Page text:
There has been much confusion in the energy industry and among consumers as to the exact meaning and benefits of renewable energy certificates (RECs). Frankly, my colleagues and I recently spoke to a specialist on RECs, and there was still apparent ambiguity, if not outright contradiction, communicated as to what these certificates represent. That is a shame because I believe they’re very good for our industry and the planet at-large, and if customers don’t understand what a product is, there’s not much of a chance they’re going to invest in it. I think it’s fair to assume that most people have never even heard of RECs. So it’s probably best that we start from square one.
A renewable energy certificate, as defined on the US Environmental Protection Agency (EPA) website, represents the property rights to the environmental, social and other non-power qualities of renewable electricity generation. This essentially means that the customer purchasing the REC is responsible for that renewable energy generation and its environmental benefits, thereby validating a home’s or business’s claim to be going green.
Of course, electricity is electricity. Electrons are electrons. Utilities companies, which are still entirely responsible for energy delivery even if homes or businesses are enrolled with a third-party supply company, do not parse out which sources of electricity they’re delivering. So unfortunately, there’s no way to isolate renewable sources and make sure the power you’re receiving is coming from solar, wind, wave, geothermal, etc. Even if your home or office is fitted with solar panels, that energy is likely still going back to the grid, and you’re receiving the same supply mix as everyone else.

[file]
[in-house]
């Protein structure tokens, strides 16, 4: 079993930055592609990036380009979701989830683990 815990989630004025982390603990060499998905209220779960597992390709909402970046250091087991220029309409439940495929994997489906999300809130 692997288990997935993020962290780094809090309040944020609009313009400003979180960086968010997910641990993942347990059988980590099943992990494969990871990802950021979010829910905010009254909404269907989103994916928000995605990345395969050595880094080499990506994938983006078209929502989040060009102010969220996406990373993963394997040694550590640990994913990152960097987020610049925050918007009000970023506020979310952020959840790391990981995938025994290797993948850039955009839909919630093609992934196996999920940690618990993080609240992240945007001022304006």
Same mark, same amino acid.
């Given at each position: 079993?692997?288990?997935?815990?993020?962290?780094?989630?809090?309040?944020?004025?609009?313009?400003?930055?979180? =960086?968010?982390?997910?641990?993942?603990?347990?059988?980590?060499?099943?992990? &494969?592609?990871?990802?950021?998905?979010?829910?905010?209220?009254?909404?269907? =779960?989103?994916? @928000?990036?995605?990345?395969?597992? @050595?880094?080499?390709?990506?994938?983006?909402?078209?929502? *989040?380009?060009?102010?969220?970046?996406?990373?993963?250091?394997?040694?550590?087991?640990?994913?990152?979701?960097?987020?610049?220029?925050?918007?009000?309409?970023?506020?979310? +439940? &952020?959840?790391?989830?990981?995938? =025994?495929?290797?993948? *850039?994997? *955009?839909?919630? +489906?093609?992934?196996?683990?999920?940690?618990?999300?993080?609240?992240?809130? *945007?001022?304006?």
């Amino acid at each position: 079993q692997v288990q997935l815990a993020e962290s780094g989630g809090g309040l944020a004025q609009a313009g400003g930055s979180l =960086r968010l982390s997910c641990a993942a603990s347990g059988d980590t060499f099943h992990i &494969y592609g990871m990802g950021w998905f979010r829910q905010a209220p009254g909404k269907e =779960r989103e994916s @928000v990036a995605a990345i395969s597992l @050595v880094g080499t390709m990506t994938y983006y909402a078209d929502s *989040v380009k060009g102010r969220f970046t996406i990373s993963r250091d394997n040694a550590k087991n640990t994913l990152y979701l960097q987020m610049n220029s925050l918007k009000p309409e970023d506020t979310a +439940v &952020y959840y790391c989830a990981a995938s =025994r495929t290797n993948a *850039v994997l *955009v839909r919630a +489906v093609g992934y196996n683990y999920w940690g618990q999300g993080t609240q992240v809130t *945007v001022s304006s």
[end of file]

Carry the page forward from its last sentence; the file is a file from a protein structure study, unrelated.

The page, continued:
What RECs do is finance renewable energy production to increase the percentage of renewable sources on the grid available to all consumers, while increasing the likelihood that your home or business is being powered by renewable sources. Essentially, you’re changing the market. You’re a pioneer forging toward a green pasture, if you’ll pardon the poeticism. That is the very reason that third-party energy service companies are so important. They provide options to customers in order to change the market; provide more products, services and competitive pricing; and improve our shared future.
Now, down to brass tacks: How much does it cost? Well, I think everyone will be happy to know that renewable energy supply plans, which are marketed in various percentages, come at a negligible additional expense, meaning fractions of a penny difference in your rate. And if you’re with a company giving highly competitive rates that beat the utility companies and many other ESCOs in most cases, you’re often able to purchase renewable energy at a lower cost than nonrenewable. So given the choice…well, is there really a choice?
The environmental benefits are clear: increasing the amount of clean energy supply going onto the grid; decreasing the amount of carbon emissions and waste going into air, water and soil; and ensuring a brighter future for our planet and all those who inhabit it. But for those out there who don’t particularly care about these benefits — let’s call them Ebenezer Scrooges, Christmas Eve edition — might there be additional advantages for a business? I believe so. Companies are always looking for ways to separate themselves from their competition. And given the choice, with comparable pricing, customers will always go green. That’s the culture we gratefully find ourselves in. Positive actors are incentivized and rewarded — not just by the government, but also by consumers. The pendulum has shifted. It is no longer morally acceptable or even accurate to stand idly by and say “the market decides.” Because we can, and should, decide the market.